Topple a row of dominos. The last one has no one to fall on. That is life without children: tough for you but good for the unborn.
Runny a kitty for your children, said the sage, for therapy when they are older.
On the way to Starbucks
A dervish passed a house where two little girls were playing. “Sir, want to buy a pen?” one of them said. The dervish stopped, and replied: “My mum taught me never to talk to strange children.”
The visually impaired and the deaf
At a bus-stop an old man asked a youth to alert him when he saw the number 53 approaching. “I’ve forgotted my glasses and don’t want to board the wrong bus.” The young man pressed “pause” on his iPod. “What?” he said.
The sage and the boy
The dervish pondered having a child. “How can I inflict life on someone who has not asked for it?” he asked himself. That night, in a dream, a child came. “Please, let me into your world,” the child said. The dervish cried, and said: “Fast-forward fifteen years.” He saw the boy.
“You’re not my dad,” a spotty teenager said. “I hate you.”
The English, as Jeremy Paxman noted in his book of that name, are for the first time having to define themselves. A hundred years ago to be English was just to be. Then there was the Empire. Today we have a few islands here and there and a footing in the Green Zone in Baghdad, official shelter of the coalition forces. Nice colour, but not quite the jewel in the crown India used to be; more Kryptonite than topaz.
Regular Soul Beaners will excuse the late update. Here are three pics I took in the last two days. The first one is on a mural in Westbourne Park, an fringes of Notting Hill.
The next pic is in Chelsea. The woman pictured was not the car-owner.
Below, my sister Shappi doing make-up in a café in Goldhawk Road station for some TV sketch show (I got to play a drug dealer).
Ten years ago the Islamic Republic of Iran, in what many regarded as a charade, ‘mulled’ barring director Abbas Kiarostami’s Taste of Cherry from the Cannes film festival. The film went on to become co-winner of the Palme d’Or, arguably buoyed by the publicity Iran’s threatened withdrawal generated.
Ten years on and another Iranian film, this time funded by French money, is co-winner at Cannes of the Jury prize – France ignored the mullahs’ protests and the film was allowed to take part.
The 2007 Bangkok international film festival, which kicks off this month, however, was not so bold. Last month, in a coup for Iran’s Islamist censor, Thai authorities agreed to withdraw Persepolis, the film version of Marjane Satrapi’s acclaimed autobiographical graphic novel of the same name, from the festival.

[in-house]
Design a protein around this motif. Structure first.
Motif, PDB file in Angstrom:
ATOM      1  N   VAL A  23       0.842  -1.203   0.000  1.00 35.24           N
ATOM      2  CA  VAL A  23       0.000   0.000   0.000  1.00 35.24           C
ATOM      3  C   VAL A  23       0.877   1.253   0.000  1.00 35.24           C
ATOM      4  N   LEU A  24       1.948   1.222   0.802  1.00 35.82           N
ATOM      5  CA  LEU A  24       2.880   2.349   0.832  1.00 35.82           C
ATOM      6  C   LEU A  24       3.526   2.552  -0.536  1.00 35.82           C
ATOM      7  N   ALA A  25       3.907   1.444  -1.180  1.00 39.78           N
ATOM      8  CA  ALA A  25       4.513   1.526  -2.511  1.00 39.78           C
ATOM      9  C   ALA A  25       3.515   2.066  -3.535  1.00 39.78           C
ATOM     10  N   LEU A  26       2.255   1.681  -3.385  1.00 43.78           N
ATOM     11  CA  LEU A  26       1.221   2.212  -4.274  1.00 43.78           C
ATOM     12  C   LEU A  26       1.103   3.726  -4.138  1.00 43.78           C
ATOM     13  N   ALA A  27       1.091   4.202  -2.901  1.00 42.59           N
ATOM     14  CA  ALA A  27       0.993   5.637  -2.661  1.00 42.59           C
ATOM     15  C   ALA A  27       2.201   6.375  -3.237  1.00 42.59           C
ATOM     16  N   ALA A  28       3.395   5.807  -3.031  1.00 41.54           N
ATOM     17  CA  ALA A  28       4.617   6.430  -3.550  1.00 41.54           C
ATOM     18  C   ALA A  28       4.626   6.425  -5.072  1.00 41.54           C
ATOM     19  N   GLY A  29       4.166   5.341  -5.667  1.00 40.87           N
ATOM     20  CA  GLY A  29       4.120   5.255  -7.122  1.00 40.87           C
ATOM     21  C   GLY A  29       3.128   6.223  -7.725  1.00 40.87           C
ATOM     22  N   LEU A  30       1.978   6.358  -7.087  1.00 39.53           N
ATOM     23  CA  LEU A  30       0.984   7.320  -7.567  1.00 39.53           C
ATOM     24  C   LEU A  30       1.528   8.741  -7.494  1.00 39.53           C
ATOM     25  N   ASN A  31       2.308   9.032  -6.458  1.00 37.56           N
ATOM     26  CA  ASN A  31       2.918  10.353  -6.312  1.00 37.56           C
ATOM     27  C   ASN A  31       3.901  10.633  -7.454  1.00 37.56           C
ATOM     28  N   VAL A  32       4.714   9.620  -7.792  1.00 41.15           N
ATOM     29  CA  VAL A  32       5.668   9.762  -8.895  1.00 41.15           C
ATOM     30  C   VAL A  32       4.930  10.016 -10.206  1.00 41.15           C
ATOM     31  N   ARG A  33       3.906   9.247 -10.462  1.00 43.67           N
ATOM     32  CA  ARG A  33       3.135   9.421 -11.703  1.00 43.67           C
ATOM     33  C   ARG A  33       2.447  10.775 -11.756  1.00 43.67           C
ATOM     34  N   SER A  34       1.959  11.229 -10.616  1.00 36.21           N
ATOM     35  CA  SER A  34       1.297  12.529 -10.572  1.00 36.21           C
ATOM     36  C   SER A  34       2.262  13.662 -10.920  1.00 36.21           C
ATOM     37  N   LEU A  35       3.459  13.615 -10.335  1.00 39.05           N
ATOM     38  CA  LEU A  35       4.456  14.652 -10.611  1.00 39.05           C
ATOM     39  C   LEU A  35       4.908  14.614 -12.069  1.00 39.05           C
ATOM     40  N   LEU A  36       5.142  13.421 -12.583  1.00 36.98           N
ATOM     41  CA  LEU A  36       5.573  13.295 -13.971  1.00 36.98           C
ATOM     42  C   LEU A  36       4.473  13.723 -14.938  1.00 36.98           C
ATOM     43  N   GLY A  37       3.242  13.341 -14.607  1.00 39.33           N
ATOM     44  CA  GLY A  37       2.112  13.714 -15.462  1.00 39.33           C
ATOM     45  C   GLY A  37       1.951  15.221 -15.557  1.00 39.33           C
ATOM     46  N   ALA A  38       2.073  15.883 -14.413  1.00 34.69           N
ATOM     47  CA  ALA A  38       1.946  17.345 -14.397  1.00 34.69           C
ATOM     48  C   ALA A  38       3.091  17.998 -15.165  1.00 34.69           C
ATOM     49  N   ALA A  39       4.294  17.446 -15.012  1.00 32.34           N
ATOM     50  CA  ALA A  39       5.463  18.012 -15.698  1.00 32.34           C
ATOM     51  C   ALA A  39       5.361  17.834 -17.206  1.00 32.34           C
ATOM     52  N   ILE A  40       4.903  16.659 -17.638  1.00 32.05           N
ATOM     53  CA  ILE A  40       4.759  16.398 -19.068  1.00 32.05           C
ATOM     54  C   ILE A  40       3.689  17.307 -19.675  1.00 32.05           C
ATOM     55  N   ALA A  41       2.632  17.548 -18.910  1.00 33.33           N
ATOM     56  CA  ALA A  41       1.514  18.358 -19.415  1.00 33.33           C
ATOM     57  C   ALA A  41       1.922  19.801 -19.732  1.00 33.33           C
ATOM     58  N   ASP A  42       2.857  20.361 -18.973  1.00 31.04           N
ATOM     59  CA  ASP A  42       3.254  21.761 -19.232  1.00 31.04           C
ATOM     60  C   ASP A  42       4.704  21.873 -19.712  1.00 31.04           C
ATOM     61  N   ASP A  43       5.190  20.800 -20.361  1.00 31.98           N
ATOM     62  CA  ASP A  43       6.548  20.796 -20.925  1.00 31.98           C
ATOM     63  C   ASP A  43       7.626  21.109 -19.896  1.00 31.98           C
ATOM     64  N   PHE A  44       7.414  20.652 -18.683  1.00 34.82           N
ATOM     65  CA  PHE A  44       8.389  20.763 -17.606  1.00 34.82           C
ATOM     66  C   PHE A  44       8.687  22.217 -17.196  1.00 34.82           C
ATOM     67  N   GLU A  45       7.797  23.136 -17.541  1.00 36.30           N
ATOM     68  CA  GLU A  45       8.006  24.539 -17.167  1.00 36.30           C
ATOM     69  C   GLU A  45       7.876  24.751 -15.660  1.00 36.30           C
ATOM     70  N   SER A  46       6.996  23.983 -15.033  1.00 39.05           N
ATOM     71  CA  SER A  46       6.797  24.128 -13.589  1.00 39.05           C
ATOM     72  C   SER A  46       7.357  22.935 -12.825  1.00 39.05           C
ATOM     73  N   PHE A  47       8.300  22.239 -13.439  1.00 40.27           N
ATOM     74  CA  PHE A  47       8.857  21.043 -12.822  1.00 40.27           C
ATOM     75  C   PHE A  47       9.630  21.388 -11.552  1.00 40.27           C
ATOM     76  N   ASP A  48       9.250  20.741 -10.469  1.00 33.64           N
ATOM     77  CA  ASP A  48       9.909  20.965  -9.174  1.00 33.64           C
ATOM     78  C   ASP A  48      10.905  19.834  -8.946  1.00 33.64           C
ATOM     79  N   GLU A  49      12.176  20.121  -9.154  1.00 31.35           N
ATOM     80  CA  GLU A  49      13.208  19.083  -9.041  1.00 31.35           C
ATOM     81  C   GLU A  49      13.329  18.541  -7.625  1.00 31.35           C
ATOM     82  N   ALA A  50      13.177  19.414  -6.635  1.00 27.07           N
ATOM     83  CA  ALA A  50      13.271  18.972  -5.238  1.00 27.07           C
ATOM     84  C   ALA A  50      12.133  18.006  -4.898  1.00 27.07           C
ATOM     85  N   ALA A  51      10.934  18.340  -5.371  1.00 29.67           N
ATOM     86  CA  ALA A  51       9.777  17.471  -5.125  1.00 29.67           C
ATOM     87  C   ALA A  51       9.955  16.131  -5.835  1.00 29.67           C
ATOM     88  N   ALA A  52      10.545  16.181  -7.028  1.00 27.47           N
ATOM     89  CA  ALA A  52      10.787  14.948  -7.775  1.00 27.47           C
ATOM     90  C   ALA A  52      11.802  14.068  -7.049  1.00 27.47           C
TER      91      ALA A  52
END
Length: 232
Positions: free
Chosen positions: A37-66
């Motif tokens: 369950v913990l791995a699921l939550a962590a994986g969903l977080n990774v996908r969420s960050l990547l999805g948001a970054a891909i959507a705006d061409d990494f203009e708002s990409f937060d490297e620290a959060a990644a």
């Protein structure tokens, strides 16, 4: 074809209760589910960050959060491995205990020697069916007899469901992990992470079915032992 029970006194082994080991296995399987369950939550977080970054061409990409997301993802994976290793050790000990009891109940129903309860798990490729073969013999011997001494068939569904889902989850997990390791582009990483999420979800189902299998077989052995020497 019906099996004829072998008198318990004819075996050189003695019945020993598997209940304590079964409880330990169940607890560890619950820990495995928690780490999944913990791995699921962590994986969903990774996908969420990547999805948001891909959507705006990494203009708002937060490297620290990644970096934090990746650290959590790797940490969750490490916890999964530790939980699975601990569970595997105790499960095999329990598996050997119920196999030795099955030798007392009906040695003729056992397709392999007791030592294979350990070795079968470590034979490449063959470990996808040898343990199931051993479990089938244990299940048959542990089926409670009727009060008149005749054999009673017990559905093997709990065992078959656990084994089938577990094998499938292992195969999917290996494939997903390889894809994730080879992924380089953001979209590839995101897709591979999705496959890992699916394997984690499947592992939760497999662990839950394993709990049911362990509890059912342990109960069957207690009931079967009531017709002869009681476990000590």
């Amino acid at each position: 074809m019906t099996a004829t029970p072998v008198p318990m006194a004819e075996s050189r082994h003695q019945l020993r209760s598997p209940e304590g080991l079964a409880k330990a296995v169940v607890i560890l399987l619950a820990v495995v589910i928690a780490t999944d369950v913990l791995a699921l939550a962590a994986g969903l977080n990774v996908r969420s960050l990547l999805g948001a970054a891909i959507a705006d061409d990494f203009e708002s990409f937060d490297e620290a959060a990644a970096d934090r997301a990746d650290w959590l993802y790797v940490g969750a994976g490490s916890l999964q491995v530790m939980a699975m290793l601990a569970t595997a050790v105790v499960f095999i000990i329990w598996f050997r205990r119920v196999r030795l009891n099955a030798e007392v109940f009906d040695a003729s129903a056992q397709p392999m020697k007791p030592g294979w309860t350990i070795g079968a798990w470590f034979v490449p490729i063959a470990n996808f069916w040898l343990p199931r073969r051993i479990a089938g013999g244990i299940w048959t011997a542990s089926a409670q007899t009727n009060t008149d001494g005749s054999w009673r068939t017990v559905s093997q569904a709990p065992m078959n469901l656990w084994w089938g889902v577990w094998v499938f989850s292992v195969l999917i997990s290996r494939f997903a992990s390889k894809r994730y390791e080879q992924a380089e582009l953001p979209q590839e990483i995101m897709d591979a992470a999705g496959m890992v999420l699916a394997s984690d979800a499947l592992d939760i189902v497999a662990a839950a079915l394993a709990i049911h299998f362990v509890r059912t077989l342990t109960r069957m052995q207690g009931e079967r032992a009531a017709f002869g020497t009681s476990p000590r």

“[The filmmakers] tried to make Iranian people sad and upset with the Islamic revolution, which is not true,” a spokesman for the Iranian embassy in Bangkok told AFP last week. (Charmingly, he identified himself only as ‘Mohammed’.)
He added: “We appreciate that the Thai organisers understand, and now we are trying to introduce other good award-winning Iranian films.”
This last statement is worth note because it confirms the fact that the Islamic Republic believes in the PR value of its film output, even if Iranian directors are reluctant to accept they might be acting as facilitators in this regard.
Most are long-dogged by the complaint that they fail to use the high profile afforded by the international festival circuit, to talk about the elephant in the living room of atrocities under the Islamic Republic. Their stock response is that art operates above, or separately from, politics.
But while that’s academic, one thing is clear: Iran’s directors have signed no letter to any newspaper in Marjane Satrapi’s (and co-director Vincent Paronnaud’s) defence, condemning the decision to ban Persepolis in Bangkok.
They must be asked, is the plight of Satrapi’s film a political issue they cannot touch or a simply matter of cinema, the medium they so often, in romantic terms, claim to adore. (“Oh, the lights! How I used, as a boy, to cherish Uncle Hasan projecting Murnau’s Nosferatu onto the side of our house in Tehran for all our neighbours to see. Even Ali the butcher was enthralled by the magic of the lights! Oh, cinema!”)
Satrapi is important because she is one of few Iranian artists operating outside the Persian language sphere, who is scathing about the Islamic Republic and the US government in equal measure, while offering a sophisticated window on the culture of her homeland.
It is still not too late for Iranian film-makers to shoot off a few letters to the press in her defence and get the Thai authorities to overturn the decision to bar the film on the grounds of what the mullahs claim is the ‘Islamophobic’ thrust of its narrative.
I believe the international film community should boycott the Bangkok film festival and that Iran’s acclaimed directors should speak out for Satrapi and Paronnaud. Otherwise we can expect more festivals to follow Bangkok’s example and toe the Islamic Republic’s line.